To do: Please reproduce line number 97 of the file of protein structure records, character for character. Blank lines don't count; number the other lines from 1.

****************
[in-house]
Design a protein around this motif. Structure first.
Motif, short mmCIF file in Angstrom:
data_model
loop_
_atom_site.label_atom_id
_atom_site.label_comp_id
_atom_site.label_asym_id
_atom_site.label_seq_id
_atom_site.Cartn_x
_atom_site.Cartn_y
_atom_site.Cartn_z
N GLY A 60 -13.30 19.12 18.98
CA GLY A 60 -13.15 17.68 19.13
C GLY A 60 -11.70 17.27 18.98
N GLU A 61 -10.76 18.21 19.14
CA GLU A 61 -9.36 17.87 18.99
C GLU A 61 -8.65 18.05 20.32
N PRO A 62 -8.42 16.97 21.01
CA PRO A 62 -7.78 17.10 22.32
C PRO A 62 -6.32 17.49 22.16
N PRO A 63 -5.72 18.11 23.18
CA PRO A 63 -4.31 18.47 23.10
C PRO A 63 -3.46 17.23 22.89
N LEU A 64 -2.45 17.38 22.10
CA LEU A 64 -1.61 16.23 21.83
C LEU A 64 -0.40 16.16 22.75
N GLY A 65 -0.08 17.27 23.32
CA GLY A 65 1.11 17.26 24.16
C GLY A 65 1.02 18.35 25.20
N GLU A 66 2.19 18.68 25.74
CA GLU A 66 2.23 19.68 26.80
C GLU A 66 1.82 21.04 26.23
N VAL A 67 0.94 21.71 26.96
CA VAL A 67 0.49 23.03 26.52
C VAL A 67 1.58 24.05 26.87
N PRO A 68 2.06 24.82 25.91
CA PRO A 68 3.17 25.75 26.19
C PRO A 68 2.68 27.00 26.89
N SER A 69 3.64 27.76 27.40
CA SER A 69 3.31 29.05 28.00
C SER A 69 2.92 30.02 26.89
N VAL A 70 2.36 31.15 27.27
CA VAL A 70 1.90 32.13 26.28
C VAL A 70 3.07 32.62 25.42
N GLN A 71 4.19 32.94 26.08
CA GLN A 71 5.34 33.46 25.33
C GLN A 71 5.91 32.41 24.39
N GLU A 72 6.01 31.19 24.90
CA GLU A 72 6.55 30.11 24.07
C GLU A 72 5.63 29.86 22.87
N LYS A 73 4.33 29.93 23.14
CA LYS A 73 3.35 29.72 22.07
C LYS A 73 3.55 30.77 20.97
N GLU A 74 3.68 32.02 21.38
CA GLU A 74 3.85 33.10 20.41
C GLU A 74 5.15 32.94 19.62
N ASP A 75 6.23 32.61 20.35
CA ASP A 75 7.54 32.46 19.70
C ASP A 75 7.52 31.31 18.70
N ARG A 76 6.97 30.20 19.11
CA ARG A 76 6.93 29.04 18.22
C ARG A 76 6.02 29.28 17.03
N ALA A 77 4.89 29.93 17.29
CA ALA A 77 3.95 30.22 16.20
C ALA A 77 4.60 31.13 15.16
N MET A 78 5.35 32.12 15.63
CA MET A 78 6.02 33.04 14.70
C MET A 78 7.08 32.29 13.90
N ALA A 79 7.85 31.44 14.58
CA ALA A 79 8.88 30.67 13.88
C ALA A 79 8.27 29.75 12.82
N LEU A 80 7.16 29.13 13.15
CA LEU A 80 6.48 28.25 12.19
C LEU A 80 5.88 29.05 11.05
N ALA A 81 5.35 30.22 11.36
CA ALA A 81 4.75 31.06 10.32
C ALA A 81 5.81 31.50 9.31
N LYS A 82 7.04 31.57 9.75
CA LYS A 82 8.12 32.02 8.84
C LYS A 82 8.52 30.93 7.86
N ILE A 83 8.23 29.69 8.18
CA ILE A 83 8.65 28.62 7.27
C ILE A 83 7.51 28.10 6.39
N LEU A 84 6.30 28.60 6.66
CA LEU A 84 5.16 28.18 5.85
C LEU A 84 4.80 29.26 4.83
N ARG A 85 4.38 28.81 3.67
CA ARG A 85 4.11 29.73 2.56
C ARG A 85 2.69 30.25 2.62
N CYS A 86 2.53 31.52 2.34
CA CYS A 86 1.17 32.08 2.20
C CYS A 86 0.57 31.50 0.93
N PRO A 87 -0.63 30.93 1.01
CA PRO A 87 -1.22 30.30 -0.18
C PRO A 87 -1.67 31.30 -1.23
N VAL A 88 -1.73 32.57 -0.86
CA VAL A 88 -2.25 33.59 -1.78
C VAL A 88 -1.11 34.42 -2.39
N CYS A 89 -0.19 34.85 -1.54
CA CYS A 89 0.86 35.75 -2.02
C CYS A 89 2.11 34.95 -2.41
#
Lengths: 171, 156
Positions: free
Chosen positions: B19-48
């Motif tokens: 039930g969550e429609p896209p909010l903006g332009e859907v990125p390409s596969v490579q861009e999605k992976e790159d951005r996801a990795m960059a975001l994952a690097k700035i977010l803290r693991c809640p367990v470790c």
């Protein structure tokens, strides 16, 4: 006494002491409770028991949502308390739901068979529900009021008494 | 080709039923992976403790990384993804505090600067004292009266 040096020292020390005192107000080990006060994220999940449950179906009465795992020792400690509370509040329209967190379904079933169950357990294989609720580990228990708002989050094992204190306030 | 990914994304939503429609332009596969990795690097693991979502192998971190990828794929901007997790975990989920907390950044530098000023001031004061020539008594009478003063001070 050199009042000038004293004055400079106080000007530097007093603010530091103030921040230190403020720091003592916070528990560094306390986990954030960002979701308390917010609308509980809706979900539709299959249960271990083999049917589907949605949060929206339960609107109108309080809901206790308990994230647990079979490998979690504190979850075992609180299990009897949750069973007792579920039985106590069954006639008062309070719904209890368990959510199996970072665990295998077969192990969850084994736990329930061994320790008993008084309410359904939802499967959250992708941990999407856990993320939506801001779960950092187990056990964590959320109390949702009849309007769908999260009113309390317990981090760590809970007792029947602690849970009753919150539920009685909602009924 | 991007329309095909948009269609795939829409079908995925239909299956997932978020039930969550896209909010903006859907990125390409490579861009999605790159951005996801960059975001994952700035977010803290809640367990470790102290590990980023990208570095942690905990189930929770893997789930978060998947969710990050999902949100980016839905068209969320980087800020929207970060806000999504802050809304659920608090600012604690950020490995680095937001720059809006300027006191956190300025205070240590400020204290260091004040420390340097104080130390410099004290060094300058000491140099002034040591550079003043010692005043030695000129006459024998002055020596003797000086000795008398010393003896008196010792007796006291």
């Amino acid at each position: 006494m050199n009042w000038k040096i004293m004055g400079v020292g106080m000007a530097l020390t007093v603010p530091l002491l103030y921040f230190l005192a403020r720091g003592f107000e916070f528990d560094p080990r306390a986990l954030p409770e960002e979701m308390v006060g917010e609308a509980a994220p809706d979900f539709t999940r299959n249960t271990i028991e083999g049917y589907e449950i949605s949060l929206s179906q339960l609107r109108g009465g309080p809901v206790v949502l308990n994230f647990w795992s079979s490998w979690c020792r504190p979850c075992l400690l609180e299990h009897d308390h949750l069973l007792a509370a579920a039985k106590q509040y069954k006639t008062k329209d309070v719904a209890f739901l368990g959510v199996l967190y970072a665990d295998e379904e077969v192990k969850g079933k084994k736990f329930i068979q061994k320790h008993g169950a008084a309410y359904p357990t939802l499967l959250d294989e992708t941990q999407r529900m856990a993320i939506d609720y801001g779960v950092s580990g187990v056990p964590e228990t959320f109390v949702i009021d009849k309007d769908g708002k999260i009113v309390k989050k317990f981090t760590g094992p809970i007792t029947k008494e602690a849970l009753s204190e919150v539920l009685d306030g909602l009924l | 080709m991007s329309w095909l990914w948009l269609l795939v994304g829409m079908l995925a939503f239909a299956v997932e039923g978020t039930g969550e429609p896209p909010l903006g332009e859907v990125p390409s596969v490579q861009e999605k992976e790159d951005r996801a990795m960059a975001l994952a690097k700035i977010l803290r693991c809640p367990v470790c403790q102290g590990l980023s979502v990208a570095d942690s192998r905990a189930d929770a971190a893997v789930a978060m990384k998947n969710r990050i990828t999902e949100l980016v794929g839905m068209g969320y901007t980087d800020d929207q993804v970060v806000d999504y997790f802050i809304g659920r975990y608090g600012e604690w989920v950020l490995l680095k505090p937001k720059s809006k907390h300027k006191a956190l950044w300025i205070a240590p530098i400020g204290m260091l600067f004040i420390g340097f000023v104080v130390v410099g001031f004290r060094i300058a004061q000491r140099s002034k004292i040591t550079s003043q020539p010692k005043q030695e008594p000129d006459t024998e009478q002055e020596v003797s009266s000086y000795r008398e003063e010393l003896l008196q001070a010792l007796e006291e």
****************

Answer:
N VAL A 88 -1.73 32.57 -0.86